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2014 - Comparative and International Education Society Annual Conference Words: 250 words || 
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1. Lewin, Keith. and Zeitlyn, Benjamin. "Private for Profit Secondary Schools in Malawi: A Solution to a Problem or a Problem for Solution?" Paper presented at the annual meeting of the Comparative and International Education Society Annual Conference, Sheraton Centre Toronto, Toronto, Ontario, Canada, <Not Available>. 2019-05-23 <http://citation.allacademic.com/meta/p717640_index.html>
Publication Type: Panel Paper
Abstract: Over the last decade there has been a growing interest in the role that for-profit private providers of educational services can play in enhancing access to education. There is a vibrant debate between those who see privatisation of educational services as a way to overcome failures by the State to universalise access to education and those who argue that fee paying for profit schools can never reach children in households below the poverty line. This research focuses on how private schools have developed in Malawi, one of the poorest countries in Africa with some of the lowest enrolment rates. It is based on 15 case study schools, a survey of 1000 students at private schools, data from the Ministry of Education and interviews with key informants. The findings suggest that for profit secondary schools complement public provision but are only accessible to richer households. Though some schools are “lower price” none are within reach of households outside the top income quintile. In many of the case study schools, teacher and student turnover was high and facilities and learning materials were inadequate. Private schools can be very profitable because teachers’ salaries are well below those in government schools and investment in infrastructure is limited. On the evidence available, the sector seems unlikely to increase in quality and size without subsidy, and is unlikely to extend its reach to children from poorer households who will continue to be excluded from secondary school. Other solutions to expanding access to secondary school are needed.

2018 - ICA's 68th Annual Conference Pages: unavailable || Words: unavailable || 
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2. Dahmen, Nicole., Thier, Kathryn. and Walth, Brent. "Visual Solutions: Testing the Effects of Exposure to Problem-Based Versus Solutions-Based Photojournalism" Paper presented at the annual meeting of the ICA's 68th Annual Conference, Hilton Prague, Prague, Czech Republic, May 22, 2018 Online <APPLICATION/PDF>. 2019-05-23 <http://citation.allacademic.com/meta/p1364357_index.html>
Publication Type: Extended Abstract
Review Method: Peer Reviewed
Abstract: This extended abstract presents an overview of research in progress. The study is a 2x3 experimental design to test for effects of problem-based versus solutions-based photojournalism, drawing on theory and literature from the fields of visual communication and constructive journalism. The literature has been reviewed and researchers are in the process of finalizing the experimental design. A grant has been secured to fund the project, and data collection and analysis will be complete by late winter 2018.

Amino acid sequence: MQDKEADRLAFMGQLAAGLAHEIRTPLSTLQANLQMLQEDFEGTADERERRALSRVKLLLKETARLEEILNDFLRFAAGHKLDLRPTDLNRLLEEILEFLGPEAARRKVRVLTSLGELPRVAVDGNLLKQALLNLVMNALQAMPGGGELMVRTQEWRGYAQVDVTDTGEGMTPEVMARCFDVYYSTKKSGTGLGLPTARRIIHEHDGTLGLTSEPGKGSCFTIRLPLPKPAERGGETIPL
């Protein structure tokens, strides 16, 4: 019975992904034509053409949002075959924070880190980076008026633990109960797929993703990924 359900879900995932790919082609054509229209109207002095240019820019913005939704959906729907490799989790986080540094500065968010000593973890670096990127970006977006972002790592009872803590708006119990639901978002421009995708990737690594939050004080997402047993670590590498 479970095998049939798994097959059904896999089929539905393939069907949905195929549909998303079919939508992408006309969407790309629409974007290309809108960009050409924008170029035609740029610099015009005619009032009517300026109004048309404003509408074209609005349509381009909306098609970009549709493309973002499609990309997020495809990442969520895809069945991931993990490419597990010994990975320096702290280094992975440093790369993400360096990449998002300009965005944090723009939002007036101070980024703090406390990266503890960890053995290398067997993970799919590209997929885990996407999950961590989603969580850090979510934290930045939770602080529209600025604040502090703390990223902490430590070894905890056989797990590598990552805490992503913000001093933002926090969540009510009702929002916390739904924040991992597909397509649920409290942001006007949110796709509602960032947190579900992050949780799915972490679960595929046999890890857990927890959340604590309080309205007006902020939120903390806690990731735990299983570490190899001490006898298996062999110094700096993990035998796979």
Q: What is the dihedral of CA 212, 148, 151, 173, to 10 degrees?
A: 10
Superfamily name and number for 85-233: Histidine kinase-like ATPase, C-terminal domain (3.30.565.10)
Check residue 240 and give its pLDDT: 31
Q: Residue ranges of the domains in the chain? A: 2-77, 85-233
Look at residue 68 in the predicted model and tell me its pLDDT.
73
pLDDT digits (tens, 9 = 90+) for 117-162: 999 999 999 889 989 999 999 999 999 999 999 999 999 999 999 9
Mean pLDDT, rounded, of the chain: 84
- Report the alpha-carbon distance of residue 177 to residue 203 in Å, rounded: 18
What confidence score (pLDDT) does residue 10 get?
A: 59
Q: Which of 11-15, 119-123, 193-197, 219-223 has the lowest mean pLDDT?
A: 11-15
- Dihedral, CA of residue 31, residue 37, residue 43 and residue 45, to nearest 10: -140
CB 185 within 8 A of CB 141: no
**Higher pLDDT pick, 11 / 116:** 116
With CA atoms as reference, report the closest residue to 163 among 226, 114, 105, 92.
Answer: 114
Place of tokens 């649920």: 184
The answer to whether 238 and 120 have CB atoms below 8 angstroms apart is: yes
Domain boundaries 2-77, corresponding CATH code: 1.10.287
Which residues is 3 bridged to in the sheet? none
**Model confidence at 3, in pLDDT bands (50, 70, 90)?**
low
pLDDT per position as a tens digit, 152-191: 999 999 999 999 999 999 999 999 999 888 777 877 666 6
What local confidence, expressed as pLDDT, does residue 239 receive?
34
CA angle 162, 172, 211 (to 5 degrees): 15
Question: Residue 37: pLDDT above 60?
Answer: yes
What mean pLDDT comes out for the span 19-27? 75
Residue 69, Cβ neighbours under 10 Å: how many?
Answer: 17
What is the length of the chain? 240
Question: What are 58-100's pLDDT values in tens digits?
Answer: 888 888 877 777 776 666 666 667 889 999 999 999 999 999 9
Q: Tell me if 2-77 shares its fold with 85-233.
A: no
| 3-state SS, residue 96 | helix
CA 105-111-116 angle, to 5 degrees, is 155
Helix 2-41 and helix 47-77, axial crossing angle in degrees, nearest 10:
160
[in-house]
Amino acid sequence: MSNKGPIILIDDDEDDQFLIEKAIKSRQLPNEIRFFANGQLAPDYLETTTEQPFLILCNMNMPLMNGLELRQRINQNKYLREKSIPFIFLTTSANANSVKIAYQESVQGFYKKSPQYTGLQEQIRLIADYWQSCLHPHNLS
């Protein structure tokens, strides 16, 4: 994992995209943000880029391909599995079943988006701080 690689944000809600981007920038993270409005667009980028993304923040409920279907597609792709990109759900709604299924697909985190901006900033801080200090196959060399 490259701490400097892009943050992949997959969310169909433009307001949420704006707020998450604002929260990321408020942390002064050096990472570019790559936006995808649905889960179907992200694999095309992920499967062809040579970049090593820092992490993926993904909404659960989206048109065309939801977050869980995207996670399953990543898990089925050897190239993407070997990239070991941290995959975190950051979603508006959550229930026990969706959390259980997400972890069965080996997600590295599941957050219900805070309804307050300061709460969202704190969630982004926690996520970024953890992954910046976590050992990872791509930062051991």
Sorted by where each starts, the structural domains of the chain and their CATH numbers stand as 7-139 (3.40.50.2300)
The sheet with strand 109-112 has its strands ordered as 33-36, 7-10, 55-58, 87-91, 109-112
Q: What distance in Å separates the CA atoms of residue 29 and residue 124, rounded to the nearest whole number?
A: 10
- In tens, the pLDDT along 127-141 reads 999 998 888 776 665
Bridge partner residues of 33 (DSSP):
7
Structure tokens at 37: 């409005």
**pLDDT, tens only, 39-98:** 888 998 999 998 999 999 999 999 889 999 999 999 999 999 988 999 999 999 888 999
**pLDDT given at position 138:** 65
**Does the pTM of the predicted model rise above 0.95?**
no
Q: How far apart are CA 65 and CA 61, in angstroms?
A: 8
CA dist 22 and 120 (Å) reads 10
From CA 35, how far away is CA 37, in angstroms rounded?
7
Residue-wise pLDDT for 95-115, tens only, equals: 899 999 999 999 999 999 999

2009 - UCEA Annual Convention Pages: unavailable || Words: 5007 words || 
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3. Young, Tamara. "Surviving the Soup: Using Kingdon’s Multiple Streams Model to Explain Why Some Solutions are Given Serious Attention and Other Solutions are Neglected" Paper presented at the annual meeting of the UCEA Annual Convention, Anaheim Marriott, Anaheim, California, Nov 19, 2009 Online <PDF>. 2019-05-23 <http://citation.allacademic.com/meta/p378424_index.html>
Publication Type: Conference Paper/Unpublished Manuscript
Review Method: Peer Reviewed
Abstract: This study used Kingdon’s Streams Model to explain why some policy proposals are seriously considered while other solutions are neglected. Interviews with 119 reading policy actors suggest that solutions that recombine familiar elements of previously generated alternatives, indicate support from empirical research, enjoy the support of a high ranking official, redress inequity, or confer benefits to other groups beyond the target were likely to make it to the short list.

2012 - North American Chapter of the International Group for the Psychology of Mathematics Education Pages: unavailable || Words: 1869 words || 
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4. Reinholz, Daniel. "Becoming a Mathematical Authority: The Solution Lies in the Solution" Paper presented at the annual meeting of the North American Chapter of the International Group for the Psychology of Mathematics Education, Radisson Hotel, Kalamazoo, MI, Nov 01, 2012 Online <APPLICATION/PDF>. 2019-05-23 <http://citation.allacademic.com/meta/p571493_index.html>
Publication Type: Brief Research Report
Review Method: Peer Reviewed
Abstract: This paper focuses on the development of three skills underlying mathematical authority: (1) explanation, (2) justification, and (3) assessment. An intervention was designed to help students develop these skills through explicit engagement with assessment in the classroom. Preliminary results from this ongoing study indicate that students had improved meta-level understandings of solutions, which supported greater levels of explanation in their solutions of problems.

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